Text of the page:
In his article entitled Fear and Trembling, Søren Kierkegaard defines the Knight of Faith as an individual with absolute faith in both God and himself. Such individuals believe in the concept of achieving things in this world and in this life. Knights of faith have immense faith in the fact that all things are possible through God who ensures that they happen if the things please Him. Such is a complex psychological phenomenon that encompasses both the infinite resignation and the leap of faith (Kierkegaard, Evans, and Sylvia 43). As such, Knights of faith are individuals who have perfected the art of appreciation through loss. The two are vital in explaining some of the religious wars and acts of terrorism in the modern world as portrayed in the discussion below.
The rise and the rapid growth of the ISIS movement in the Middle East is a continuing portrayal of a propaganda war coupled with acts of terrorism that thrive on deep religious beliefs and indoctrination. The ISIS soldiers who engage in their “Holly War” believe in achieving number things, which include eliminating their western enemy and converting the entire region to Islam. They believe that doing this would make God happy since it constitutes their main reason for living. As such, they are ready to die in order to achieve their goal. They kill and are killed for their beliefs. A knight of Resignation, on the other hand, does not believe in the concept of in this life and world. The Knight believes in things that may not exist in this life and may not exist even in the next. Such is a faith that borders on dissolution.
Søren Kierkegaard would describe the ISIS soldiers as Knights of faith. The soldiers fight both for their own interests and for the interests of God, at least according to their beliefs. This shows their faith. Additionally, they believe in achieving their goals in this life and in this world. By killing their perceived enemies, they secure more resources for themselves thus achieving some of their goals in this world. The ISIS exhibit a feature of practicality with which Søren Kierkegaard describes the Knight of faith. As explained earlier, Kierkegaard postulates that a Knight of faith is an individual who has experienced both infinite resignation and the leap of faith. As such, the knight believes that he will regain all the things he loses in faith (Kierkegaard, Walter and Søren 33). The same applies to ISIS soldiers who believe in living without anything since they hope God will reward them all the things they forfeited as they fight His course.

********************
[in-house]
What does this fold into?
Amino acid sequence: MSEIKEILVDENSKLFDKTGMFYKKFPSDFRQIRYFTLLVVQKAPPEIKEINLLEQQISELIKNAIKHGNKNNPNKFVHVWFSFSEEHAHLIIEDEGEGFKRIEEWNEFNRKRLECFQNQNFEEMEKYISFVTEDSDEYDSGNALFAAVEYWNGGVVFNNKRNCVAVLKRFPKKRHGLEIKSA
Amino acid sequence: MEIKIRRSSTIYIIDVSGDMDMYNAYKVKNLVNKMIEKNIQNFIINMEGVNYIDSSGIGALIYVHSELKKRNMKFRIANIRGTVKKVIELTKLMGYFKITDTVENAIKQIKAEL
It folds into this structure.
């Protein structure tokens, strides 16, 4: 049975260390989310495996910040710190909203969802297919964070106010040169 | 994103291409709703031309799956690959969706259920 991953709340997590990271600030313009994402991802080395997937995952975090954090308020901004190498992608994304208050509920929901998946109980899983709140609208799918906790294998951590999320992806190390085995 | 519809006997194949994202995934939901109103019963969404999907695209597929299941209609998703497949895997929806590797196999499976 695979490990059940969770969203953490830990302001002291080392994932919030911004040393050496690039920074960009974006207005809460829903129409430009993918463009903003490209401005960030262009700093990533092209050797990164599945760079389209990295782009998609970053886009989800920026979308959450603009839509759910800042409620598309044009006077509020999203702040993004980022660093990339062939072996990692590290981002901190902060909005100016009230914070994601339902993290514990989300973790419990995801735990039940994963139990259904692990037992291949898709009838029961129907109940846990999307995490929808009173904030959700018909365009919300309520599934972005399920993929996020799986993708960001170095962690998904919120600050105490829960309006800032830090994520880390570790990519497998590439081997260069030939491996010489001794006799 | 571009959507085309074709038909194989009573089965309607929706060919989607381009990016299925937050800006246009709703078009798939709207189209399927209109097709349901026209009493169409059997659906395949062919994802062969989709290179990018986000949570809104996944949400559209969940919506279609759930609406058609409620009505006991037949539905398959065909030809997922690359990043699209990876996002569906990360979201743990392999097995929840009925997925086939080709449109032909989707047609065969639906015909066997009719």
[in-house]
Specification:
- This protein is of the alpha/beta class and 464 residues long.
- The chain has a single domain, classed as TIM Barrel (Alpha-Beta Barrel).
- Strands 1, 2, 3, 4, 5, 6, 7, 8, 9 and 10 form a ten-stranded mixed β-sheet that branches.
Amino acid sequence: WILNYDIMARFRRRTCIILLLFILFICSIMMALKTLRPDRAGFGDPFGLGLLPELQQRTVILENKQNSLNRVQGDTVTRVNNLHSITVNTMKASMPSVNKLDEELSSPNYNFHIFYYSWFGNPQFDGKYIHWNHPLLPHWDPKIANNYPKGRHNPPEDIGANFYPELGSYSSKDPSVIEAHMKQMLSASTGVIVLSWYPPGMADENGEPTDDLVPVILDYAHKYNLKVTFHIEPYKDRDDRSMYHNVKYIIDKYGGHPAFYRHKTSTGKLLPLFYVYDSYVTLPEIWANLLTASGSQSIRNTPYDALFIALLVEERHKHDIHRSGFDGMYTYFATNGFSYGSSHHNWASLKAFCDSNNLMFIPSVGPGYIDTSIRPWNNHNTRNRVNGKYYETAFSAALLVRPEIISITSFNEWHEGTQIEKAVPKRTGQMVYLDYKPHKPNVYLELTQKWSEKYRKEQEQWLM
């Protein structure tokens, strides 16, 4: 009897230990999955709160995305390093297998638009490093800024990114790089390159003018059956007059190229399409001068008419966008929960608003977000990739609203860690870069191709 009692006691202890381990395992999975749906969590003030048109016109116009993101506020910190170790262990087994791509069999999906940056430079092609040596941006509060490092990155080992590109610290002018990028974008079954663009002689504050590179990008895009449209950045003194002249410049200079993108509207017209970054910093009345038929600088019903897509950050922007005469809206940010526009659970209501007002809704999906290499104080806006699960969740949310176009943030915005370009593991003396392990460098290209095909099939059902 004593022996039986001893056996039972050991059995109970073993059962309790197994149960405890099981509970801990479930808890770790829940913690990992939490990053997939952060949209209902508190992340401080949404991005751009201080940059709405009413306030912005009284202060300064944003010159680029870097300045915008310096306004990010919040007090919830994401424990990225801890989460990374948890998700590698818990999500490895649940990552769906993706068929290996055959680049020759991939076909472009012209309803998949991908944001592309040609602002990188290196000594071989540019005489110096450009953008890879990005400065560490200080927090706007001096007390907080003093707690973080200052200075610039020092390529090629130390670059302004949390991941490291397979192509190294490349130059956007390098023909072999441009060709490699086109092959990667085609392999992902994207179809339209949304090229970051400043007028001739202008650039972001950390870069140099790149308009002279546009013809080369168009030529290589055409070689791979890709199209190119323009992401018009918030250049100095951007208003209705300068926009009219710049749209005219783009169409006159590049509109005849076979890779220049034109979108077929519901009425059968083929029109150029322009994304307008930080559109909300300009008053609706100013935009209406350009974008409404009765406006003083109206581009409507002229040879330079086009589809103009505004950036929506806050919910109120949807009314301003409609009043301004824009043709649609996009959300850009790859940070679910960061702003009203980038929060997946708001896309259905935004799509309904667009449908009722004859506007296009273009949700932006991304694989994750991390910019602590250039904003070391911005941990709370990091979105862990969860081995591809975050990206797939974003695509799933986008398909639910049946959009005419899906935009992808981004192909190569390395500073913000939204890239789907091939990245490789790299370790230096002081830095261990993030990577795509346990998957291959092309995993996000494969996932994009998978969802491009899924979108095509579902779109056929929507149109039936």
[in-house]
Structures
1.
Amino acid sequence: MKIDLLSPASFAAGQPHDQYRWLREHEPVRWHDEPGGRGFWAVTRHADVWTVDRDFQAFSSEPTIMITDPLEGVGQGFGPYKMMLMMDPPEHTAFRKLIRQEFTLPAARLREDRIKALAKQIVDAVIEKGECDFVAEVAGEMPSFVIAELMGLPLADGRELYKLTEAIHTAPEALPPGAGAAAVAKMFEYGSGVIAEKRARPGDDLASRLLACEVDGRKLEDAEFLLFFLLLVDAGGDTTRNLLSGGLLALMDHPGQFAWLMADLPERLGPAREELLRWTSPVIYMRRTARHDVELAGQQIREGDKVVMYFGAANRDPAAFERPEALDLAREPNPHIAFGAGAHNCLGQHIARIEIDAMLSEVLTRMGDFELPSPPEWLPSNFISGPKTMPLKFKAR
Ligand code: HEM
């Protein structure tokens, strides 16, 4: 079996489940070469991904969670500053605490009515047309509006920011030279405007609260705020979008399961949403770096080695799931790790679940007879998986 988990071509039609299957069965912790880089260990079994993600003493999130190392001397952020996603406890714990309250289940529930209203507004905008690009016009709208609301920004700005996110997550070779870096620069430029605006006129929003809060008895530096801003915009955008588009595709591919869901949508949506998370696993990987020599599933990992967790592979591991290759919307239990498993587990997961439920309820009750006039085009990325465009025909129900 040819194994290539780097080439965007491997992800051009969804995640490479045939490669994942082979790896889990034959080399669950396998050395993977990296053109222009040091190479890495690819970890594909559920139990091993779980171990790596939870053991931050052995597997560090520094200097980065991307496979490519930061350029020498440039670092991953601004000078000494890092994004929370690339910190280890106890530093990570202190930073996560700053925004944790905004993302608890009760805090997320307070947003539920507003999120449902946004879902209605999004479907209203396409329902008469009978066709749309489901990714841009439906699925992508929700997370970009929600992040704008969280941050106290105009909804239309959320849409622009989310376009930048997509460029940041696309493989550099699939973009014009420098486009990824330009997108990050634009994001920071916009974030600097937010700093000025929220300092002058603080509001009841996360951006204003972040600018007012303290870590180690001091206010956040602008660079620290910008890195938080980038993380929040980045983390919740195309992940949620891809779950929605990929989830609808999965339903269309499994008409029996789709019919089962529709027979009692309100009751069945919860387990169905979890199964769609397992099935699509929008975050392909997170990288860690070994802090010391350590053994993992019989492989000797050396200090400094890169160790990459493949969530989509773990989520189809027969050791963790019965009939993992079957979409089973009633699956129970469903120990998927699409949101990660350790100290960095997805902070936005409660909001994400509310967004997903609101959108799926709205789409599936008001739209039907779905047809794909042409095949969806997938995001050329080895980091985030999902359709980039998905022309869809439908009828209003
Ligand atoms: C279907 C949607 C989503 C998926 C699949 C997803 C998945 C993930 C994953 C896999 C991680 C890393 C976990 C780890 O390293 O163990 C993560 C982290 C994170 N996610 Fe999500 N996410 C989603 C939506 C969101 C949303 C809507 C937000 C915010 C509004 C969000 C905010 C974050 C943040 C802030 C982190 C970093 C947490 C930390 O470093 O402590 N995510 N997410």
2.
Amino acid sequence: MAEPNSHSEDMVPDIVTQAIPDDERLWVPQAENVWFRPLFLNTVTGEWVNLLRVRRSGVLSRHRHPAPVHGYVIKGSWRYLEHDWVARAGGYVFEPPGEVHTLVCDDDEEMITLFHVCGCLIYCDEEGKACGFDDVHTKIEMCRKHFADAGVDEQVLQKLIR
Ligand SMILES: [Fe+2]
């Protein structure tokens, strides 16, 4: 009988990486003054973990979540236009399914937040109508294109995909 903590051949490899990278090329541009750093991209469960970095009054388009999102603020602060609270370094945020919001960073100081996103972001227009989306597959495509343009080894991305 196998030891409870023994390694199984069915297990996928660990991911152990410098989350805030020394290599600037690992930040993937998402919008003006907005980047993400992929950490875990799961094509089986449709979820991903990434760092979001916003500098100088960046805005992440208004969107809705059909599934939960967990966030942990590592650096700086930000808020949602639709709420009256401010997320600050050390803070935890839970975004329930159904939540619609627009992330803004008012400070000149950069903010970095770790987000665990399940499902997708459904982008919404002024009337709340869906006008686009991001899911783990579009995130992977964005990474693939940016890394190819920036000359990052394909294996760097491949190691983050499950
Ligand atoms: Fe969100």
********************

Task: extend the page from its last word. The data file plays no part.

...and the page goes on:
In retrospect, the terrorist acts by ISIS group in the Middle East among other parts of the world is a religious war, one that uses faith to enlist soldiers by indoctrinating them to the radical teachings of Islam. Through such teachings, the soldiers systematically become Knights of faith who resign their fate to their God thus involve themselves in a fight that does not benefit them in any way. However, they engage in the war with the hopes of achieving their goals in this life, in this life. Those who die in the course of the fight die believing in the course and wait for God’s rewards.
Kierkegaard, Søren, C S. Evans, and Sylvia Walsh. Fear and Trembling. Radford, VA: A & D Publishing, 2008. Print.
Kierkegaard, Søren, Walter Lowrie, and Søren Kierkegaard. Fear and Trembling: And, the Sickness Unto Death. , 2013. Internet resource.